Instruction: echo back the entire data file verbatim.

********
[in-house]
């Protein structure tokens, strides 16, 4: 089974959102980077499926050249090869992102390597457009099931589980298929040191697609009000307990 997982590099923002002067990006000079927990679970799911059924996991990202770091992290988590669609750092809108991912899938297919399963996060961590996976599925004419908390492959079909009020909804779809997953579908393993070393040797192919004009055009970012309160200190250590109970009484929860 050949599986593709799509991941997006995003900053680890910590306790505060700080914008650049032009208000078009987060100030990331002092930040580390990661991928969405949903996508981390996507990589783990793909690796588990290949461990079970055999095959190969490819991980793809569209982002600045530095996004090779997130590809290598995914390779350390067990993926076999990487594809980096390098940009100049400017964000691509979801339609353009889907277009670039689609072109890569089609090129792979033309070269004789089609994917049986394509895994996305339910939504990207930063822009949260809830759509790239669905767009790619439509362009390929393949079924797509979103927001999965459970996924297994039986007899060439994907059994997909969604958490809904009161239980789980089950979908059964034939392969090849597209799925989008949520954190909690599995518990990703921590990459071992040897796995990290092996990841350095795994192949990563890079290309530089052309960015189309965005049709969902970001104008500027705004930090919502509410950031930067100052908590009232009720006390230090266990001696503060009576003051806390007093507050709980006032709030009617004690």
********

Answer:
[in-house]
């Protein structure tokens, strides 16, 4: 089974959102980077499926050249090869992102390597457009099931589980298929040191697609009000307990 997982590099923002002067990006000079927990679970799911059924996991990202770091992290988590669609750092809108991912899938297919399963996060961590996976599925004419908390492959079909009020909804779809997953579908393993070393040797192919004009055009970012309160200190250590109970009484929860 050949599986593709799509991941997006995003900053680890910590306790505060700080914008650049032009208000078009987060100030990331002092930040580390990661991928969405949903996508981390996507990589783990793909690796588990290949461990079970055999095959190969490819991980793809569209982002600045530095996004090779997130590809290598995914390779350390067990993926076999990487594809980096390098940009100049400017964000691509979801339609353009889907277009670039689609072109890569089609090129792979033309070269004789089609994917049986394509895994996305339910939504990207930063822009949260809830759509790239669905767009790619439509362009390929393949079924797509979103927001999965459970996924297994039986007899060439994907059994997909969604958490809904009161239980789980089950979908059964034939392969090849597209799925989008949520954190909690599995518990990703921590990459071992040897796995990290092996990841350095795994192949990563890079290309530089052309960015189309965005049709969902970001104008500027705004930090919502509410950031930067100052908590009232009720006390230090266990001696503060009576003051806390007093507050709980006032709030009617004690």